It’s Time to Fire Your Boss_Part II

In Part I of this series, I ended by introducing Jim. Here’s the rest of Jim’s story. Keep in mind that Jim could be any employee, including you.

Jim sacrificed family time to work extra hours at the request of his employer. He missed his children’s birthday parties. Jim could not go on weekend hunting and fishing trips with his buddies. On many occasions, Jim was forced to cancel dinner reservations with his wife. Why? Because Jim’s employer gave him a false sense of security.

Jim was a valuable team member and made his employer lots of money. Jim gave his best years to his employer. On a bright and sunny Monday morning, Jim arrived at his job only to be told that his services were no longer needed. Two security guards escorted Jim out of the building and off the company’s property. Jim was not given any advance warning. Jim’s old company had been acquired and the new management felt that Jim no longer played a vital role in the company’s long-term vision.

After all the years of sacrifice for his employer, Jim was suddenly unemployed. To make matter worse, Jim’s pension was absorbed in the purchase of his company, leaving him only with a severance package worth three months salary. Jim was not only out of a job, but he was also without a pension plan. Jim was let go without any consideration concerning his financial well-being or dignity.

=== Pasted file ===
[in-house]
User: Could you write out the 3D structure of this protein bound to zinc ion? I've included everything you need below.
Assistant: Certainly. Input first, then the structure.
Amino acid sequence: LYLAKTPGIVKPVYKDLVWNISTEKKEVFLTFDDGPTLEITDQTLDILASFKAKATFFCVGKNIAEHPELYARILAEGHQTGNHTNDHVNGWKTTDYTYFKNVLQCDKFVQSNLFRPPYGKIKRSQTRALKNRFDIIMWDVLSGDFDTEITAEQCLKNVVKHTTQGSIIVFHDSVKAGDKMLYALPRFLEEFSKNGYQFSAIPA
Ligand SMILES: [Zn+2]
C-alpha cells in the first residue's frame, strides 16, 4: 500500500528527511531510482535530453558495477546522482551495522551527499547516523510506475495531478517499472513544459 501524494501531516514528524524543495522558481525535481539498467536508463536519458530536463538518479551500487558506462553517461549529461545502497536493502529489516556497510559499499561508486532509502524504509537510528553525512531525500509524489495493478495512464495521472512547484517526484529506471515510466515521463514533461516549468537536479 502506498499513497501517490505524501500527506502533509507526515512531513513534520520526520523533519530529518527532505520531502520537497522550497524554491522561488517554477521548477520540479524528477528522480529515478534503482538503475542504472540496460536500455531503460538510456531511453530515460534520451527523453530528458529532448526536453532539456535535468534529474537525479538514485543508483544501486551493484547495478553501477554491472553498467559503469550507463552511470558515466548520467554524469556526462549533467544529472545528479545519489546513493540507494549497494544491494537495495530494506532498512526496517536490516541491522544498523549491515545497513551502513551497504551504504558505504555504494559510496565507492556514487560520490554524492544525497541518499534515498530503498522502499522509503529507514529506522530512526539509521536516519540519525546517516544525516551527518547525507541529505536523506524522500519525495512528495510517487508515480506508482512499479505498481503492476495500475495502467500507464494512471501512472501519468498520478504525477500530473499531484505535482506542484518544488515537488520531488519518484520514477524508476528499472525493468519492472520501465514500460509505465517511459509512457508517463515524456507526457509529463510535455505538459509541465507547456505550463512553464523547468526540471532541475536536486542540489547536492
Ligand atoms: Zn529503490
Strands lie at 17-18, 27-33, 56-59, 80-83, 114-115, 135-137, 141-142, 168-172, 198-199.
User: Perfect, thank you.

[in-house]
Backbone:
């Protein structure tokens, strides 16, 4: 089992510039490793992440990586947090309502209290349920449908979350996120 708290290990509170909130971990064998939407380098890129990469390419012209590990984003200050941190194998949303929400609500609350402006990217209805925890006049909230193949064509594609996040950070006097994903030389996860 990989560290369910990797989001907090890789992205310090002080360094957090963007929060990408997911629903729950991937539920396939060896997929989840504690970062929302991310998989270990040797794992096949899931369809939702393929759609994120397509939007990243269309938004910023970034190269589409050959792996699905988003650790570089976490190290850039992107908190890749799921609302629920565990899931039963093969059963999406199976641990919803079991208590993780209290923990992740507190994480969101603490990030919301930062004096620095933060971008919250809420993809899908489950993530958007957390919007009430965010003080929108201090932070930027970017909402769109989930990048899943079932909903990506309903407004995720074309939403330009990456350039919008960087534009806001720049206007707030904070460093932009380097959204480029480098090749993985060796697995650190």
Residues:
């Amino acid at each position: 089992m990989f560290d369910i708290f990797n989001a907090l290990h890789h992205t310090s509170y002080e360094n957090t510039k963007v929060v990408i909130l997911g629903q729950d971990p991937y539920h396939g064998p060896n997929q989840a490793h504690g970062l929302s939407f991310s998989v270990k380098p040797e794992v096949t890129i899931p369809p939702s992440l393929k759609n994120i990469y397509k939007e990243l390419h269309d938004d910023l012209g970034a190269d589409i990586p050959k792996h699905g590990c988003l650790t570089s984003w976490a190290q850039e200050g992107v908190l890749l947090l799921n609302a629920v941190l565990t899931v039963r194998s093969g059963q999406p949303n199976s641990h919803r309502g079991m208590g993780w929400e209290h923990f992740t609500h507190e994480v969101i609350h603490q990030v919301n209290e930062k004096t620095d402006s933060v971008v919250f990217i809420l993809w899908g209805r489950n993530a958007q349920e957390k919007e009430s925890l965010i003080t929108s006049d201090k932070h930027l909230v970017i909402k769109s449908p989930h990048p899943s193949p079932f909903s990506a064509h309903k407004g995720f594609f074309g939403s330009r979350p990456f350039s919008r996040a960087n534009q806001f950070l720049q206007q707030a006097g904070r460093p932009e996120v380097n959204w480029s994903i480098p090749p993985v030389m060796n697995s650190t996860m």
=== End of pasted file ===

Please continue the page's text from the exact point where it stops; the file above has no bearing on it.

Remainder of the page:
How does Jim break the news to his wife and children that he is unemployed? What is Jim to do when creditors begin harassing him due to late payments? How does Jim’s wife continue her medical treatment without the medical coverage that was provided by his former employer? Jim had planned to retire in a few years and live off his pension, but there is no pension. Jim is in a very dark chapter of his life.

If you think what happened to Jim cannot happen to you, you would do well to reconsider that thought if you are an employee.

Stay tuned for the last part of this series: “It’s Time to Fire Your Boss.”

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9 thoughts on “It’s Time to Fire Your Boss_Part II

    • Most definitely. But does that address the core issue, which is employee dependence? Employees, especially low level employees, are most often the ones who bear the brunt of a company’s poor ethical practices. Furthermore, the role of employers is not to enrich employees. Financial security is something the employee must do for him or herself.

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  1. For those of you who think this is impossible, think again. It is very possible… it has happened before and will probably happen again. It’s OK to work for someone else/a company but do so with your eyes open. Make sure you are putting money away each month so that you can take care of yourself if the need arises. Thanks for shedding an honest light on this… many people need to see this.

    Liked by 1 person

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